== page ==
Title                          Environmental justice analysis to advance rural landscape transformations in the face of climate change

Lead PI                     Prof Adrian Martin, University of East Anglia, United Kingdom

Partner PI                 Dr Brendan Coolsaet, Lille Catholic University, France
                                  Dr Zuzana V. Harmackova Global Change Research Institute of the Czech Academy of Sciences Czech Republic
                                  Dr Cecile Barnaud INRAE, France

Funding Agencies    UKRI (UK), ANR (France), MSMT (Czech Republic)

Project website

Picture credits: Marie-Pascale Gafinen


Climate change is forcing European countries to implement transformative changes to multiple sectors. Whilst energy and industrial production systems have dominated these agendas, there are also growing calls for transformations in rural areas, including potentially profound repurposing of rural landscapes. Academic research has mainly focused on the biophysical potential for such repurposing, including actions such as afforestation and livestock removal, to mitigate and adapt to climate change. We now need to complement
this technical assessment with research into the societal dimensions of rural transformations: to identify potential social inequalities, to understand how we can support ownership and legitimacy of rural transformation agendas and to explore ways of overcoming societal indifference and resistance.

The Just-Scapes project will explore the meaning and practice of “just transformation” in the face of climate change. We define this as widescale and deep-rooted social-ecological change that combines environmental goals (including decarbonisation and protection of biodiversity) with social justice goals. Justice goals relate not only to the distribution of the effects of climate change but also to the effects of climate policy responses. This attention to social justice involves challenging inequalities across categories such as race, gender, wealth, belief system and generations, and adhering to the UN’s 2030 Agenda to ‘leave no one behind’. The idea of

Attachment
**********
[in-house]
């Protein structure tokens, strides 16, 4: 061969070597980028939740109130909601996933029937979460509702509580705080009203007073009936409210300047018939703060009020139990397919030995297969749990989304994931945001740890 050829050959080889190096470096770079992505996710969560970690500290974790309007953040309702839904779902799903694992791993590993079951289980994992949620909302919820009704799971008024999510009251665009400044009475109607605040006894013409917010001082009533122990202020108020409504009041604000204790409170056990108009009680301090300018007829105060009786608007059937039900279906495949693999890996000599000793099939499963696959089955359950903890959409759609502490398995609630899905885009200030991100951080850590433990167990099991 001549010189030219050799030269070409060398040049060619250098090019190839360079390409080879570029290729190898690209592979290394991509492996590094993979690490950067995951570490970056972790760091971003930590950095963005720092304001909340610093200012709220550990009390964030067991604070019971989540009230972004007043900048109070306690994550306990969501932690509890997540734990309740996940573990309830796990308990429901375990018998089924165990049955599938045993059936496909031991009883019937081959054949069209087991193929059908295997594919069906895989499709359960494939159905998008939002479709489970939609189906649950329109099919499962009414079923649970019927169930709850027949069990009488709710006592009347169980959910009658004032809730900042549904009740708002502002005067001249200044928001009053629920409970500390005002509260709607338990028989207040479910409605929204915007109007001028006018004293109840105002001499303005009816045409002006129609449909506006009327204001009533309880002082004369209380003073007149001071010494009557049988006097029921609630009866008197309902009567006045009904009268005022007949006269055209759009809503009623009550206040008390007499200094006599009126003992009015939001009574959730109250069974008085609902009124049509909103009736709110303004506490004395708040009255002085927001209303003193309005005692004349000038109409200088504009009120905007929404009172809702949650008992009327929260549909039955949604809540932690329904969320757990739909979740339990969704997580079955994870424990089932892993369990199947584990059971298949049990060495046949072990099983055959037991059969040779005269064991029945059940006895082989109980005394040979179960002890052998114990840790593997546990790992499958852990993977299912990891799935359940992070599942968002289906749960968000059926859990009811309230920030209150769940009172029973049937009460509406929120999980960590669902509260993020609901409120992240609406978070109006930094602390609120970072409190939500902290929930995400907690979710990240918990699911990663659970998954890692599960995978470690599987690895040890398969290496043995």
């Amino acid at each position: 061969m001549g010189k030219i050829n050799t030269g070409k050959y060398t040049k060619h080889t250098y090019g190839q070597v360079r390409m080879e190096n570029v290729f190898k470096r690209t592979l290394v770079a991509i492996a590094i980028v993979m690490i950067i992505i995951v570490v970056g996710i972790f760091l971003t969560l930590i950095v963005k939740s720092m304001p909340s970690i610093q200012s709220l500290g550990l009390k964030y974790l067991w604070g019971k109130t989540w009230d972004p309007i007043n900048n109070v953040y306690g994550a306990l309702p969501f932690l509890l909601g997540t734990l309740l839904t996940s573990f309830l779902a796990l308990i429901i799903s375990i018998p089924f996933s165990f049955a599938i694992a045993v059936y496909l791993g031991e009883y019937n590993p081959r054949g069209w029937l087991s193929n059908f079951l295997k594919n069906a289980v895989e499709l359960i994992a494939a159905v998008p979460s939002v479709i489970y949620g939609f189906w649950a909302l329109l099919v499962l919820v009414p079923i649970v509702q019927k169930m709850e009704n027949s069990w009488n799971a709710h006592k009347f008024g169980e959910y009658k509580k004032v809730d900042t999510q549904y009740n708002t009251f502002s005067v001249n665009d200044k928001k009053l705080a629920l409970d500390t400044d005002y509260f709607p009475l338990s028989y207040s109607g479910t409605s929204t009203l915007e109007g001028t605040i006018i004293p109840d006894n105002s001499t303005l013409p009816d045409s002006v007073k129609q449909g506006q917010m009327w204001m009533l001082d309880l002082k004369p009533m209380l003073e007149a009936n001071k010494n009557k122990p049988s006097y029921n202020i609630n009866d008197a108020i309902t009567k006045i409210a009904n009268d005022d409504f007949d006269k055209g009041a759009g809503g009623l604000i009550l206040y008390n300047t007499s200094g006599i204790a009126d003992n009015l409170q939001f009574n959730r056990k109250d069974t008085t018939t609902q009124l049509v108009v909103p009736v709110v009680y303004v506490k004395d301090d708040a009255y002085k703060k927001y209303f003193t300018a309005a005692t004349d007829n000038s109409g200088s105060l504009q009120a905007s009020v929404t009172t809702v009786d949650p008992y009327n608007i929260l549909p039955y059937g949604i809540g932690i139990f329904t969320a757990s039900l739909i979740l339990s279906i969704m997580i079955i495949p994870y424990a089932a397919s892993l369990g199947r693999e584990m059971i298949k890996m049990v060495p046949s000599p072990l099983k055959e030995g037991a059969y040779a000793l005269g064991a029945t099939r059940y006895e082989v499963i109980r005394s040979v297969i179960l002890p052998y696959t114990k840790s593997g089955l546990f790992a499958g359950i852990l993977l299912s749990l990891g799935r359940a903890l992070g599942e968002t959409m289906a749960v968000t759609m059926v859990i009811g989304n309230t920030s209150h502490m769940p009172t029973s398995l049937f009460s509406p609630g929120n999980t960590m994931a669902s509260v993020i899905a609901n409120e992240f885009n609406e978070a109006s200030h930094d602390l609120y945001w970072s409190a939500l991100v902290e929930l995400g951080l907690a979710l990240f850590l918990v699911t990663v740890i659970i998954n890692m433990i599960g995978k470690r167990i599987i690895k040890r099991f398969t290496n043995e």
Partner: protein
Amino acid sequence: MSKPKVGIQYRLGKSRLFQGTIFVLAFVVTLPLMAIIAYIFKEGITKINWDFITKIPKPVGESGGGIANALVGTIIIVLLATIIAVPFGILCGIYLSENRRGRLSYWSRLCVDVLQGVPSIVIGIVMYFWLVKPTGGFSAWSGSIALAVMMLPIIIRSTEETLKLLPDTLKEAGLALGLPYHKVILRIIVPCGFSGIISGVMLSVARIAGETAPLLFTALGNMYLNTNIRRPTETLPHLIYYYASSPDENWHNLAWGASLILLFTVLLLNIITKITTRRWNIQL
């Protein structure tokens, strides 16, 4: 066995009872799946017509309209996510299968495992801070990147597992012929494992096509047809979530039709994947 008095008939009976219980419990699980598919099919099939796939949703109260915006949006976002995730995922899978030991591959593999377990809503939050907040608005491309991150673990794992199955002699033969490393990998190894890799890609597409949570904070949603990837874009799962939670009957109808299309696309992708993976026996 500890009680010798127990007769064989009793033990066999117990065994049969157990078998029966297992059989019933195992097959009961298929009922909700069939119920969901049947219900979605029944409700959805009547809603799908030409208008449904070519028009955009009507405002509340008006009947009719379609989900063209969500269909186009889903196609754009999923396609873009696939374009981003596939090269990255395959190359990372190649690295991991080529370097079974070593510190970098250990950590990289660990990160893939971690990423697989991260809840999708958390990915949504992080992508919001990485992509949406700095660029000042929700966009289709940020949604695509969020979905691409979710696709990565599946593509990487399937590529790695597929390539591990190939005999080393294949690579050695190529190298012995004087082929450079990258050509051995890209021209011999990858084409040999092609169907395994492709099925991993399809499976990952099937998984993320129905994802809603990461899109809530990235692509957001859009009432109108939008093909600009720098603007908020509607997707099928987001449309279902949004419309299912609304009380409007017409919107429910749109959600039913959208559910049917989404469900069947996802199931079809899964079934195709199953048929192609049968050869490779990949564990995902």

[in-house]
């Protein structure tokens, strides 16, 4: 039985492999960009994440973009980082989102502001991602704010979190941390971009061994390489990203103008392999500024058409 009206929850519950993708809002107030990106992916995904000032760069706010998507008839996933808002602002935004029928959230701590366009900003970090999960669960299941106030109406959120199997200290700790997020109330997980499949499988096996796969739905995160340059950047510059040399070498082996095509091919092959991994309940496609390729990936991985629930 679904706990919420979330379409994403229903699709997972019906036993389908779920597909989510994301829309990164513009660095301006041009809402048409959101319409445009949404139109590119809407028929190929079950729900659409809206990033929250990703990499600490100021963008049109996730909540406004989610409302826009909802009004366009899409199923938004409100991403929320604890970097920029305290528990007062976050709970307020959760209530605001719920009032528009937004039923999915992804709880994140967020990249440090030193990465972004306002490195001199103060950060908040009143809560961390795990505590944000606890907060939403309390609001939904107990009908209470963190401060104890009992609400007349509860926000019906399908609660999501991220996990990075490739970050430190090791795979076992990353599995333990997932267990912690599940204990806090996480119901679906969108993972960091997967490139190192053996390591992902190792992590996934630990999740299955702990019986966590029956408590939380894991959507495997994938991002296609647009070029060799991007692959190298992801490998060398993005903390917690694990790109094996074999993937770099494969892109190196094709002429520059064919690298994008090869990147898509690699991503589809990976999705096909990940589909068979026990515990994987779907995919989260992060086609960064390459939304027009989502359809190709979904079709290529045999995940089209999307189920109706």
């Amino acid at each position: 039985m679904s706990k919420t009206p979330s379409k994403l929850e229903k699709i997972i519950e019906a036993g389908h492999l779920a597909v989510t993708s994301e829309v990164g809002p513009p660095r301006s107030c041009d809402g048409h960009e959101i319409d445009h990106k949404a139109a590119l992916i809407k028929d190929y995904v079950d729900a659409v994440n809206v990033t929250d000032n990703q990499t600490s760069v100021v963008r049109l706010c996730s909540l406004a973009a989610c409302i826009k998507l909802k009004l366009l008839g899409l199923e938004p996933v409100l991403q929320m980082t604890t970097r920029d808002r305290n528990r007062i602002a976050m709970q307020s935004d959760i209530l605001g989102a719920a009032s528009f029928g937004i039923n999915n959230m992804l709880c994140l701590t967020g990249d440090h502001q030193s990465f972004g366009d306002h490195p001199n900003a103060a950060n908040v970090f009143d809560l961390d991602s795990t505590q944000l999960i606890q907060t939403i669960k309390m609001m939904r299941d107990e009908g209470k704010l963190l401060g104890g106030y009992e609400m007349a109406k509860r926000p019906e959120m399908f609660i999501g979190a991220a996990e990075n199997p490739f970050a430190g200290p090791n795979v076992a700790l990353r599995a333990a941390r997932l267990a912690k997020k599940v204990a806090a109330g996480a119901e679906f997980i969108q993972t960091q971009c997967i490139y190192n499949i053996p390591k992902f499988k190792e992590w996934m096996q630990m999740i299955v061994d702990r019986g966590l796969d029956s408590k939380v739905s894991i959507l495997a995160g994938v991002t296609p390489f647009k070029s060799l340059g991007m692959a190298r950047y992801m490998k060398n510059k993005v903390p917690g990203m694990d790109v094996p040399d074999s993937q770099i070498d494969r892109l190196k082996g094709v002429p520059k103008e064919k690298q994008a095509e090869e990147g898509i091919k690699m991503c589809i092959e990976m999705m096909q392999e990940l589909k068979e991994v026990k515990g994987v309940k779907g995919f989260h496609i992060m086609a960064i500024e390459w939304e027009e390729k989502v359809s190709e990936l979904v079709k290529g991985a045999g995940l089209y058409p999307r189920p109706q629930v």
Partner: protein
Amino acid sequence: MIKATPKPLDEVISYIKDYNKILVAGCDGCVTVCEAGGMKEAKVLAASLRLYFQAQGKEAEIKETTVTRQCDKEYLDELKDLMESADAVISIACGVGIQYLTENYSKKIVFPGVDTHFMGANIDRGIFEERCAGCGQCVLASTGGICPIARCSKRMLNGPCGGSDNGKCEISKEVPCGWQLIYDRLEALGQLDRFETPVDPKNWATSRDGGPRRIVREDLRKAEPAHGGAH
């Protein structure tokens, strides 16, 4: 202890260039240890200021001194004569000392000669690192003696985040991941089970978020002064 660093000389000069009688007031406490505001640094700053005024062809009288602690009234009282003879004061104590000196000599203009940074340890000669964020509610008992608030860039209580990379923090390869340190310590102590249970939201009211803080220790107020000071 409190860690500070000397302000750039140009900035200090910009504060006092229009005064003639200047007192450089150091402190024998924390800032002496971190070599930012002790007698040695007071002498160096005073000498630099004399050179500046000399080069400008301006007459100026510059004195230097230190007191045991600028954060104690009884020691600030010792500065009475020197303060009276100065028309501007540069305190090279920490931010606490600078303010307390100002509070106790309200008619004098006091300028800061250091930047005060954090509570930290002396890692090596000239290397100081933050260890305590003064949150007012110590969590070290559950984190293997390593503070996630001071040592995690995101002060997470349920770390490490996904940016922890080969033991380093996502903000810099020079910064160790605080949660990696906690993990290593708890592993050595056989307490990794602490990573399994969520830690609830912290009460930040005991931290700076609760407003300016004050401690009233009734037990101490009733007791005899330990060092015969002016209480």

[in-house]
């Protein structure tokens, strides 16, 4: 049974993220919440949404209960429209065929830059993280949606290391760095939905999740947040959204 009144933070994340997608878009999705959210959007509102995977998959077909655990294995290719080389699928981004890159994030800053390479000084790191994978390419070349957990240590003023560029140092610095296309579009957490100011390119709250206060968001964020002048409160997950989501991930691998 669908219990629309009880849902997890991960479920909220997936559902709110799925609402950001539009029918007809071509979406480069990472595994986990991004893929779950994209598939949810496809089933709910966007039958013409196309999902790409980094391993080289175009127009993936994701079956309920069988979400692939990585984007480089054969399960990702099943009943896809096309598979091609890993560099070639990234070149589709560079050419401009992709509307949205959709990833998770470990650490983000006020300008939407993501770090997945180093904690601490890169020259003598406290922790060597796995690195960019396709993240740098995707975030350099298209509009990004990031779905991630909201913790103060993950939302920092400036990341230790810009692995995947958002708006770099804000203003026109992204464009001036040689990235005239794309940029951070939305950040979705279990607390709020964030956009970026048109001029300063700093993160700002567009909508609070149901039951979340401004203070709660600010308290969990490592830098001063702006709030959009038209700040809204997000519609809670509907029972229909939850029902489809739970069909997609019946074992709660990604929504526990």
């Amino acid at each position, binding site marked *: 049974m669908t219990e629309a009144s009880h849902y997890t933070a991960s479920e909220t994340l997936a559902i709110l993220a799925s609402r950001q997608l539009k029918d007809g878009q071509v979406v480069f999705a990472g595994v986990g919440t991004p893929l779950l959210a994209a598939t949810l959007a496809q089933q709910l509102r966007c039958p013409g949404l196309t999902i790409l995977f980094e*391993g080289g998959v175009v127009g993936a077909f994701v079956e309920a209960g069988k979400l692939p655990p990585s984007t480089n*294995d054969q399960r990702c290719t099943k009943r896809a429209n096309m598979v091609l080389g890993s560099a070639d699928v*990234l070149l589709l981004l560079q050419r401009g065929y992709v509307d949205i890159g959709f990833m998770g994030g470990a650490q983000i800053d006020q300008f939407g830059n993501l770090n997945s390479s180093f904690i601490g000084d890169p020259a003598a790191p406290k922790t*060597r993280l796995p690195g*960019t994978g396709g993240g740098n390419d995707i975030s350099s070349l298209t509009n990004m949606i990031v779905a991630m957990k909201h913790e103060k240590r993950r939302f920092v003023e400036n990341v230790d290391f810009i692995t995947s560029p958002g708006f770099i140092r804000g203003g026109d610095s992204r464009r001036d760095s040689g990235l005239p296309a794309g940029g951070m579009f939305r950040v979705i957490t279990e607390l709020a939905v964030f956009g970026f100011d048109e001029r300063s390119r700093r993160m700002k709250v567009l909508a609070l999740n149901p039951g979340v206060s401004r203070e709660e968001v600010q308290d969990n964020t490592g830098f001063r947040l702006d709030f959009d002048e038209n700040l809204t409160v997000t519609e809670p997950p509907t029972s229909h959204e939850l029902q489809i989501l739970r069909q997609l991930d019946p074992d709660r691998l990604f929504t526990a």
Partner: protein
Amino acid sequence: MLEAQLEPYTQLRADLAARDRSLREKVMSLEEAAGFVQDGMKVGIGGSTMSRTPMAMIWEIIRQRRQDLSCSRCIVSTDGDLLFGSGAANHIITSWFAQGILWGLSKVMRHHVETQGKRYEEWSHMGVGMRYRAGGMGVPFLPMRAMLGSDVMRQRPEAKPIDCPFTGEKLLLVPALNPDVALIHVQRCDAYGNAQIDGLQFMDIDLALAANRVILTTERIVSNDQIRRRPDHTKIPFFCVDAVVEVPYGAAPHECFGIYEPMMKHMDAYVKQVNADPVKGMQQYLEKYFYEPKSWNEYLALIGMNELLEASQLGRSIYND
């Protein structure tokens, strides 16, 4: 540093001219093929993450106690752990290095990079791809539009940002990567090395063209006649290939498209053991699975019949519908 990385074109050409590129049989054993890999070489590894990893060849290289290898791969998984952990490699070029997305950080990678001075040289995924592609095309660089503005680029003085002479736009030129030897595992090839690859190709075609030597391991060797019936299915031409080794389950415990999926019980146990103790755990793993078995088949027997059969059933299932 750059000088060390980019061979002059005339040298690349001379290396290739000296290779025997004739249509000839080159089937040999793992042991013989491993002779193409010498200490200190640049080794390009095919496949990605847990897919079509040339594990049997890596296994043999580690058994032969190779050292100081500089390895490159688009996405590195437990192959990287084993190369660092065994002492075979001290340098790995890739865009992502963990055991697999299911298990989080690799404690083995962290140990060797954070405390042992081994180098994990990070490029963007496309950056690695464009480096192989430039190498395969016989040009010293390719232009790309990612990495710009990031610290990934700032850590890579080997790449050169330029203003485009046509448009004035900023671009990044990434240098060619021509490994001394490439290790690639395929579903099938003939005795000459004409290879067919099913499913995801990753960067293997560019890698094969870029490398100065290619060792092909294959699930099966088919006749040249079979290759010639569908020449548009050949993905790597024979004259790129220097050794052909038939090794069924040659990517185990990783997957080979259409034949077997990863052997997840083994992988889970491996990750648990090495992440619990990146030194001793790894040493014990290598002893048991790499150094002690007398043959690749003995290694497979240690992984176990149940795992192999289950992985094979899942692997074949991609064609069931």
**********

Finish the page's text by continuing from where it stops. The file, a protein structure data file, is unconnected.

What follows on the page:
‘just transformation’ views social justice as a goal in its own right, but also as instrumental to overcoming ‘justice barriers’ to the visioning and implementation of transformational change. Such barriers are increasingly evident across Europe, with some climate policies viewed as socially regressive, disproportionately impacting on low income and rural households (for example the Gilets Jaunes movement in France).

The Just-Scapes project uses interdisciplinary and transdisciplinary methods, combining novel humanities and social-science approaches and environmental expertise from geography, psychology, political science, futures studies and creative writing. This enables us to a) explore how European rural citizens perceive the justices and injustices arising from potential climate-induced land-use transformations and b) conceptualise and advance justice-oriented transformations to sustainability in practice. Through three case studies, in the Czech Republic, France and the UK, we aim to find out how different stakeholders conceive of climate justice, how
these plural conceptions are contested within particular places, what normative concerns act as barriers to shared vision, and what shared norms provide opportunities for collective action. Specifically, we focus on transformations away from deer-dominated moorland landscapes in Scotland, landscapes dominated by fragile commercial conifer monocultures in the Czech Republic and landscapes of grasslands for extensive livestock farming in France. Just-Scapes proposes to empirically investigate the plurality of justice beliefs
across these landscapes, to use this knowledge to inform deliberation of shared norms and visions, and to coproduce landscape level manifestos for ‘just transformations’ towards low carbon, resilient and socially progressive rural landscapes.

The deliberative process will be embedded in transdisciplinary and multi-stakeholder ‘Just Transformation Labs’ that are linked into ‘real’ ongoing policy consultations within the landscape and wider regions. Findings from the project will benefit these case study lfocations but will also provide understanding and methodologies for wider application for proposed rural land-use climate actions. The team will use its links to academic networks and science-policy platforms to also promote scientific and societal impacts at national and
international levels.